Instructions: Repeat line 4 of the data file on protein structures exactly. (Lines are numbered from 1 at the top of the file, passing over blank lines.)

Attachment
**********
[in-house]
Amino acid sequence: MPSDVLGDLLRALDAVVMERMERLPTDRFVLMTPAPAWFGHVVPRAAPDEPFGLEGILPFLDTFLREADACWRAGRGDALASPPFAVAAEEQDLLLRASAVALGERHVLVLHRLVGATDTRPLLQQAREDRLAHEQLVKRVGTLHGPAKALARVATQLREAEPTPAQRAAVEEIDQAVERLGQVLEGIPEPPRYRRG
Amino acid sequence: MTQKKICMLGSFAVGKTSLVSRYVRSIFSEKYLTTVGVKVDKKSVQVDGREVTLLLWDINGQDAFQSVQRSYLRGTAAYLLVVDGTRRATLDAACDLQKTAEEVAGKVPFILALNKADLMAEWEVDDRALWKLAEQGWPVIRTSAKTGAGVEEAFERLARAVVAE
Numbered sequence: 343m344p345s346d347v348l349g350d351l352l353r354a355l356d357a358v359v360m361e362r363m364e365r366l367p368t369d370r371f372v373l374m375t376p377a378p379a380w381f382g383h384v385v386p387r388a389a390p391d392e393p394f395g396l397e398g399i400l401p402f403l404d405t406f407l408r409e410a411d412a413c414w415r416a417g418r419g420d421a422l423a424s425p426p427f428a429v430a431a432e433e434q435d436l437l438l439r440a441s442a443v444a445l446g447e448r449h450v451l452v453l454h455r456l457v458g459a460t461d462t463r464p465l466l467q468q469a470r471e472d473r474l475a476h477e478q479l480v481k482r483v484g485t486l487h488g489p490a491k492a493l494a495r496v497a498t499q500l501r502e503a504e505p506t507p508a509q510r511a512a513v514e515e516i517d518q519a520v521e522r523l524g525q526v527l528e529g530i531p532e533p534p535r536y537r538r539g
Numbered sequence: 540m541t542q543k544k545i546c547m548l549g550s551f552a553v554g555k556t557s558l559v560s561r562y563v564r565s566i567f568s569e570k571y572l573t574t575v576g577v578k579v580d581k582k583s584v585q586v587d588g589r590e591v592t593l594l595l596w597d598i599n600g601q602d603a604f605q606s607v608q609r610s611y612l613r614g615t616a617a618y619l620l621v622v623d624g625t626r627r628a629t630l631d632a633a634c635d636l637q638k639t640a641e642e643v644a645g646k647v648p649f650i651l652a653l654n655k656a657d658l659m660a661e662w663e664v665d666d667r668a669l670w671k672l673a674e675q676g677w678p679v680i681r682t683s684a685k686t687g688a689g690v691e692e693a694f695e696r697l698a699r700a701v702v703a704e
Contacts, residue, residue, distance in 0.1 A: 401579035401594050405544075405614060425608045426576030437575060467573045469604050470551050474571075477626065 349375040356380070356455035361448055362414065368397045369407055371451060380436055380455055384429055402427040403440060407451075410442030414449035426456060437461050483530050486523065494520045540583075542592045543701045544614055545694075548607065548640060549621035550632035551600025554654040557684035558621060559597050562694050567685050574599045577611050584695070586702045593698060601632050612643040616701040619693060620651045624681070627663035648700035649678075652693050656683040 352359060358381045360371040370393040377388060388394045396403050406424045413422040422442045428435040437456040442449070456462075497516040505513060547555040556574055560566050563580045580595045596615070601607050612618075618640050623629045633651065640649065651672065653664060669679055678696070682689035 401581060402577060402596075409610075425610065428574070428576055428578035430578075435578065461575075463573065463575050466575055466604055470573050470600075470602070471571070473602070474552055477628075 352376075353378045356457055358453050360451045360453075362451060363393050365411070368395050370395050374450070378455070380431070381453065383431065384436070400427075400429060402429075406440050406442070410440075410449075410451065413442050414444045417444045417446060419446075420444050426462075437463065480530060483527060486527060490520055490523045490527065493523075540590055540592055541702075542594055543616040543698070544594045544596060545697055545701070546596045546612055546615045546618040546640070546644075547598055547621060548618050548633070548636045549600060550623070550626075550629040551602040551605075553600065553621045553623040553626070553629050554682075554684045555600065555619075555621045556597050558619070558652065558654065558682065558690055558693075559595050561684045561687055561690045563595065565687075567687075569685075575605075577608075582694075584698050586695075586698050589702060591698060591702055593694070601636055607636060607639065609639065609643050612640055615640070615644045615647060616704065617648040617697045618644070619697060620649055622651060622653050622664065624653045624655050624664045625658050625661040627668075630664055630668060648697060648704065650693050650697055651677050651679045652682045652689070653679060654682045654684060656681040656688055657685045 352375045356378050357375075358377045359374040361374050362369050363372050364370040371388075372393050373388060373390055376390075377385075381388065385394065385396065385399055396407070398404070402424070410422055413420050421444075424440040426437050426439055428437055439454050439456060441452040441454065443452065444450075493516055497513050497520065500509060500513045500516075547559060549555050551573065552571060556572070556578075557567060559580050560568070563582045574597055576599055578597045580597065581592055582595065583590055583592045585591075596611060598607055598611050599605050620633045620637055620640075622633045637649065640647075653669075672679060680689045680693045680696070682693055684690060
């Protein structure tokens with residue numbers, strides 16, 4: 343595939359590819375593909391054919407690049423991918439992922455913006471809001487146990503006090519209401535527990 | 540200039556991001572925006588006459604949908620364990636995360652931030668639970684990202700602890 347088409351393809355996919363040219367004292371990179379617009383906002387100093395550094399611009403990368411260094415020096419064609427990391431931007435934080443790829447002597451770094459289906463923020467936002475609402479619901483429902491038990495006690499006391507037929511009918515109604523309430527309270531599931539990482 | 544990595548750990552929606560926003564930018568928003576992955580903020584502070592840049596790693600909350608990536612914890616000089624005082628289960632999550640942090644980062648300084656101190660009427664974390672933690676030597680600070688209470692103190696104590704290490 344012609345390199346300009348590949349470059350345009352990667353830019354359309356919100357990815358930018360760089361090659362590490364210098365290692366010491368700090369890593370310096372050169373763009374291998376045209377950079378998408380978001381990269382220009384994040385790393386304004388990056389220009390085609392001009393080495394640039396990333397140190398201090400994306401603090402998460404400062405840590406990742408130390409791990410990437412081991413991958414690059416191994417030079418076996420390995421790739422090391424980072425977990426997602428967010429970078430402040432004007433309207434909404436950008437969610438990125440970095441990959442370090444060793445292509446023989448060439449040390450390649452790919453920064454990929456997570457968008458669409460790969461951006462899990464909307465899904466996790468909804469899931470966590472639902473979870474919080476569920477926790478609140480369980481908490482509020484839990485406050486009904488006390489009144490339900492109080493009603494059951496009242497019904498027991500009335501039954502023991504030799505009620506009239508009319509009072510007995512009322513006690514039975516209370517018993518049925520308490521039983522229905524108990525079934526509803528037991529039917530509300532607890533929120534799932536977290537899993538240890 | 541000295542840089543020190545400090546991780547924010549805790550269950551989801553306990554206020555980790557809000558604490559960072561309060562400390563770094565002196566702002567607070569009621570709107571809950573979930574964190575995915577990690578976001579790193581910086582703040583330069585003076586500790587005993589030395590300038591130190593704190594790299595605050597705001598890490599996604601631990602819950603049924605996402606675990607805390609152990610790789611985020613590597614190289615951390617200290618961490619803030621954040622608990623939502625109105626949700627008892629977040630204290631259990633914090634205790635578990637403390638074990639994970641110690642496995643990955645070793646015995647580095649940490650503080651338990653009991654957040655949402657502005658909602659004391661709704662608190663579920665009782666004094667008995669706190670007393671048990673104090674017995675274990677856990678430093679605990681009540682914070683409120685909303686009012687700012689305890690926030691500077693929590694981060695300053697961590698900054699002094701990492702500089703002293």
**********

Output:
Numbered sequence: 343m344p345s346d347v348l349g350d351l352l353r354a355l356d357a358v359v360m361e362r363m364e365r366l367p368t369d370r371f372v373l374m375t376p377a378p379a380w381f382g383h384v385v386p387r388a389a390p391d392e393p394f395g396l397e398g399i400l401p402f403l404d405t406f407l408r409e410a411d412a413c414w415r416a417g418r419g420d421a422l423a424s425p426p427f428a429v430a431a432e433e434q435d436l437l438l439r440a441s442a443v444a445l446g447e448r449h450v451l452v453l454h455r456l457v458g459a460t461d462t463r464p465l466l467q468q469a470r471e472d473r474l475a476h477e478q479l480v481k482r483v484g485t486l487h488g489p490a491k492a493l494a495r496v497a498t499q500l501r502e503a504e505p506t507p508a509q510r511a512a513v514e515e516i517d518q519a520v521e522r523l524g525q526v527l528e529g530i531p532e533p534p535r536y537r538r539g